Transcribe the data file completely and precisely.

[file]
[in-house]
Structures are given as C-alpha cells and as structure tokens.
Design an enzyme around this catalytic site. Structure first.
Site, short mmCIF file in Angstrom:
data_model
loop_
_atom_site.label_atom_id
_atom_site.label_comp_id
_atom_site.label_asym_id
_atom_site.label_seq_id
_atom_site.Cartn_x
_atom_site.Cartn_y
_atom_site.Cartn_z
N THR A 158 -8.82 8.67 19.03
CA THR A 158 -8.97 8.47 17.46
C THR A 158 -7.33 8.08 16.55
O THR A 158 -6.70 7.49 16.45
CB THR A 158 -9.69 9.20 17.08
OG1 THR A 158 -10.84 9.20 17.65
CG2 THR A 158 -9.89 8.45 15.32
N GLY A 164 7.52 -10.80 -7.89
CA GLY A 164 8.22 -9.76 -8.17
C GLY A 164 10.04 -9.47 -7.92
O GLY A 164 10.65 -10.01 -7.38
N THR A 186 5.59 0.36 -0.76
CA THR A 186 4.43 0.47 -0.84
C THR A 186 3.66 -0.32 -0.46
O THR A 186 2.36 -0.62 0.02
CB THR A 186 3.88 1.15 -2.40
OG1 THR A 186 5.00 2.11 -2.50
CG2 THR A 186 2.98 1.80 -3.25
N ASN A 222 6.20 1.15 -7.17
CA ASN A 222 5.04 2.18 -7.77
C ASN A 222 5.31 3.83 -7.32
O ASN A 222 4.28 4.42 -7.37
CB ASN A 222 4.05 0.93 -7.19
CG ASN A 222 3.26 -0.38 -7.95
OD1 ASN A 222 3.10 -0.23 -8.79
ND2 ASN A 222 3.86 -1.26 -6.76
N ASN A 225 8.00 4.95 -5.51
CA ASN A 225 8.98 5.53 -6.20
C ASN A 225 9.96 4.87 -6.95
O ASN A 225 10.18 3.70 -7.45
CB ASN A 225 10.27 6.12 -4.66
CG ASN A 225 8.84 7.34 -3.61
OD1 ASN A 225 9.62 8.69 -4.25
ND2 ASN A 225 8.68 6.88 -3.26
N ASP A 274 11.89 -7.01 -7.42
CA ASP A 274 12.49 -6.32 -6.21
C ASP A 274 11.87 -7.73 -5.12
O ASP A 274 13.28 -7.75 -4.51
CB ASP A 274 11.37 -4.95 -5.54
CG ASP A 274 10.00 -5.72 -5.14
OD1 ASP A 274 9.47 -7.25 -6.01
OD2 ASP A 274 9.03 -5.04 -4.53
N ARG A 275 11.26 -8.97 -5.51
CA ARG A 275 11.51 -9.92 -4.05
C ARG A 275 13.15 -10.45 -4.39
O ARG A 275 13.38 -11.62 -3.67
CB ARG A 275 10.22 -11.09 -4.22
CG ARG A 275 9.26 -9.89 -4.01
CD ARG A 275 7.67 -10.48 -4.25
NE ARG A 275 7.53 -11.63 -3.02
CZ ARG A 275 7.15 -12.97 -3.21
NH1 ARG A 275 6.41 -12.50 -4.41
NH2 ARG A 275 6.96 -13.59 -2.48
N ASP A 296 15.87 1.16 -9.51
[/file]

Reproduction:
[in-house]
Structures are given as C-alpha cells and as structure tokens.
Design an enzyme around this catalytic site. Structure first.
Site, short mmCIF file in Angstrom:
data_model
loop_
_atom_site.label_atom_id
_atom_site.label_comp_id
_atom_site.label_asym_id
_atom_site.label_seq_id
_atom_site.Cartn_x
_atom_site.Cartn_y
_atom_site.Cartn_z
N THR A 158 -8.82 8.67 19.03
CA THR A 158 -8.97 8.47 17.46
C THR A 158 -7.33 8.08 16.55
O THR A 158 -6.70 7.49 16.45
CB THR A 158 -9.69 9.20 17.08
OG1 THR A 158 -10.84 9.20 17.65
CG2 THR A 158 -9.89 8.45 15.32
N GLY A 164 7.52 -10.80 -7.89
CA GLY A 164 8.22 -9.76 -8.17
C GLY A 164 10.04 -9.47 -7.92
O GLY A 164 10.65 -10.01 -7.38
N THR A 186 5.59 0.36 -0.76
CA THR A 186 4.43 0.47 -0.84
C THR A 186 3.66 -0.32 -0.46
O THR A 186 2.36 -0.62 0.02
CB THR A 186 3.88 1.15 -2.40
OG1 THR A 186 5.00 2.11 -2.50
CG2 THR A 186 2.98 1.80 -3.25
N ASN A 222 6.20 1.15 -7.17
CA ASN A 222 5.04 2.18 -7.77
C ASN A 222 5.31 3.83 -7.32
O ASN A 222 4.28 4.42 -7.37
CB ASN A 222 4.05 0.93 -7.19
CG ASN A 222 3.26 -0.38 -7.95
OD1 ASN A 222 3.10 -0.23 -8.79
ND2 ASN A 222 3.86 -1.26 -6.76
N ASN A 225 8.00 4.95 -5.51
CA ASN A 225 8.98 5.53 -6.20
C ASN A 225 9.96 4.87 -6.95
O ASN A 225 10.18 3.70 -7.45
CB ASN A 225 10.27 6.12 -4.66
CG ASN A 225 8.84 7.34 -3.61
OD1 ASN A 225 9.62 8.69 -4.25
ND2 ASN A 225 8.68 6.88 -3.26
N ASP A 274 11.89 -7.01 -7.42
CA ASP A 274 12.49 -6.32 -6.21
C ASP A 274 11.87 -7.73 -5.12
O ASP A 274 13.28 -7.75 -4.51
CB ASP A 274 11.37 -4.95 -5.54
CG ASP A 274 10.00 -5.72 -5.14
OD1 ASP A 274 9.47 -7.25 -6.01
OD2 ASP A 274 9.03 -5.04 -4.53
N ARG A 275 11.26 -8.97 -5.51
CA ARG A 275 11.51 -9.92 -4.05
C ARG A 275 13.15 -10.45 -4.39
O ARG A 275 13.38 -11.62 -3.67
CB ARG A 275 10.22 -11.09 -4.22
CG ARG A 275 9.26 -9.89 -4.01
CD ARG A 275 7.67 -10.48 -4.25
NE ARG A 275 7.53 -11.63 -3.02
CZ ARG A 275 7.15 -12.97 -3.21
NH1 ARG A 275 6.41 -12.50 -4.41
NH2 ARG A 275 6.96 -13.59 -2.48
N ASP A 296 15.87 1.16 -9.51